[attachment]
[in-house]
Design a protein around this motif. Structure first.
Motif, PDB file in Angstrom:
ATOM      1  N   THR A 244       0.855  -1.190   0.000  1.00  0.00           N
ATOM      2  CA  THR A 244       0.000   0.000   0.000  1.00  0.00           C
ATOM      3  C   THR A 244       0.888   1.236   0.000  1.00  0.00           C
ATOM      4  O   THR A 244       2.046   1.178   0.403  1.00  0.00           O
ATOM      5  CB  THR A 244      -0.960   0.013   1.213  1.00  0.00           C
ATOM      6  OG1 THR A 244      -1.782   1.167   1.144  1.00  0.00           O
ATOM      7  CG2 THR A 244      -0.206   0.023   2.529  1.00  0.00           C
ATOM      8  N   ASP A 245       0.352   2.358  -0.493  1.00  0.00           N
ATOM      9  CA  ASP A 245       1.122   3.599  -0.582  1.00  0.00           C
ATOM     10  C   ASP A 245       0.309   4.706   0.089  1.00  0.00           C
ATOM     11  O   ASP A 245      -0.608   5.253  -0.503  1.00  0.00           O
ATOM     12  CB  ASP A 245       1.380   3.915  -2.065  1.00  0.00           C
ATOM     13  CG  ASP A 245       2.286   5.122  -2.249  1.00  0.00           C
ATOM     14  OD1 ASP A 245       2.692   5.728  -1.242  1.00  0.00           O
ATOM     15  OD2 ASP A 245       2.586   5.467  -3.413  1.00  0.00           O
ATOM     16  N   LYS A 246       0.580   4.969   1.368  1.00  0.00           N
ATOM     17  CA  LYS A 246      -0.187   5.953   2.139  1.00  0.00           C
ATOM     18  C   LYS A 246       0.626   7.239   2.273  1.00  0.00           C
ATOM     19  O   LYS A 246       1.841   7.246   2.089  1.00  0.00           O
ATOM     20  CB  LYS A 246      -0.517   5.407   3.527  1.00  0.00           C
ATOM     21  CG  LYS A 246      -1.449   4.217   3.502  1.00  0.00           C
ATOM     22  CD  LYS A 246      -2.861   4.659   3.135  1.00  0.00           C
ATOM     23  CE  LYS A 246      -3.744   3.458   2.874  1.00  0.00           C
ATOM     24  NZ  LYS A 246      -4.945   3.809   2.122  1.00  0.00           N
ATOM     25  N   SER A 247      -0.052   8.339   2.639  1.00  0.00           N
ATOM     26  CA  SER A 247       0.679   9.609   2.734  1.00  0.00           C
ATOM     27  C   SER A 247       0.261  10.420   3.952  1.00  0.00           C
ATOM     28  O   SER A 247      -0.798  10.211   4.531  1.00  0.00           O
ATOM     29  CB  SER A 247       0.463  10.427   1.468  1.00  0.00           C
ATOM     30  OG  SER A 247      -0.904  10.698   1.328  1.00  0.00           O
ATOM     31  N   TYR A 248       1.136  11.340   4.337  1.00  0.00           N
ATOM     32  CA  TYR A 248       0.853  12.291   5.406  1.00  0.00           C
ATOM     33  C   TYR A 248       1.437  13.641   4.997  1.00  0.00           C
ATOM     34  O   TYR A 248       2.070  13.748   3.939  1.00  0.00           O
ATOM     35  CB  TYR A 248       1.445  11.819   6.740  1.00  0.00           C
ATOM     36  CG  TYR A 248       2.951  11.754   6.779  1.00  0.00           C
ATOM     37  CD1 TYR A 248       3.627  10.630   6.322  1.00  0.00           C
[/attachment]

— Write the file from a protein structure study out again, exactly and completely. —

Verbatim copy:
[in-house]
Design a protein around this motif. Structure first.
Motif, PDB file in Angstrom:
ATOM      1  N   THR A 244       0.855  -1.190   0.000  1.00  0.00           N
ATOM      2  CA  THR A 244       0.000   0.000   0.000  1.00  0.00           C
ATOM      3  C   THR A 244       0.888   1.236   0.000  1.00  0.00           C
ATOM      4  O   THR A 244       2.046   1.178   0.403  1.00  0.00           O
ATOM      5  CB  THR A 244      -0.960   0.013   1.213  1.00  0.00           C
ATOM      6  OG1 THR A 244      -1.782   1.167   1.144  1.00  0.00           O
ATOM      7  CG2 THR A 244      -0.206   0.023   2.529  1.00  0.00           C
ATOM      8  N   ASP A 245       0.352   2.358  -0.493  1.00  0.00           N
ATOM      9  CA  ASP A 245       1.122   3.599  -0.582  1.00  0.00           C
ATOM     10  C   ASP A 245       0.309   4.706   0.089  1.00  0.00           C
ATOM     11  O   ASP A 245      -0.608   5.253  -0.503  1.00  0.00           O
ATOM     12  CB  ASP A 245       1.380   3.915  -2.065  1.00  0.00           C
ATOM     13  CG  ASP A 245       2.286   5.122  -2.249  1.00  0.00           C
ATOM     14  OD1 ASP A 245       2.692   5.728  -1.242  1.00  0.00           O
ATOM     15  OD2 ASP A 245       2.586   5.467  -3.413  1.00  0.00           O
ATOM     16  N   LYS A 246       0.580   4.969   1.368  1.00  0.00           N
ATOM     17  CA  LYS A 246      -0.187   5.953   2.139  1.00  0.00           C
ATOM     18  C   LYS A 246       0.626   7.239   2.273  1.00  0.00           C
ATOM     19  O   LYS A 246       1.841   7.246   2.089  1.00  0.00           O
ATOM     20  CB  LYS A 246      -0.517   5.407   3.527  1.00  0.00           C
ATOM     21  CG  LYS A 246      -1.449   4.217   3.502  1.00  0.00           C
ATOM     22  CD  LYS A 246      -2.861   4.659   3.135  1.00  0.00           C
ATOM     23  CE  LYS A 246      -3.744   3.458   2.874  1.00  0.00           C
ATOM     24  NZ  LYS A 246      -4.945   3.809   2.122  1.00  0.00           N
ATOM     25  N   SER A 247      -0.052   8.339   2.639  1.00  0.00           N
ATOM     26  CA  SER A 247       0.679   9.609   2.734  1.00  0.00           C
ATOM     27  C   SER A 247       0.261  10.420   3.952  1.00  0.00           C
ATOM     28  O   SER A 247      -0.798  10.211   4.531  1.00  0.00           O
ATOM     29  CB  SER A 247       0.463  10.427   1.468  1.00  0.00           C
ATOM     30  OG  SER A 247      -0.904  10.698   1.328  1.00  0.00           O
ATOM     31  N   TYR A 248       1.136  11.340   4.337  1.00  0.00           N
ATOM     32  CA  TYR A 248       0.853  12.291   5.406  1.00  0.00           C
ATOM     33  C   TYR A 248       1.437  13.641   4.997  1.00  0.00           C
ATOM     34  O   TYR A 248       2.070  13.748   3.939  1.00  0.00           O
ATOM     35  CB  TYR A 248       1.445  11.819   6.740  1.00  0.00           C
ATOM     36  CG  TYR A 248       2.951  11.754   6.779  1.00  0.00           C
ATOM     37  CD1 TYR A 248       3.627  10.630   6.322  1.00  0.00           C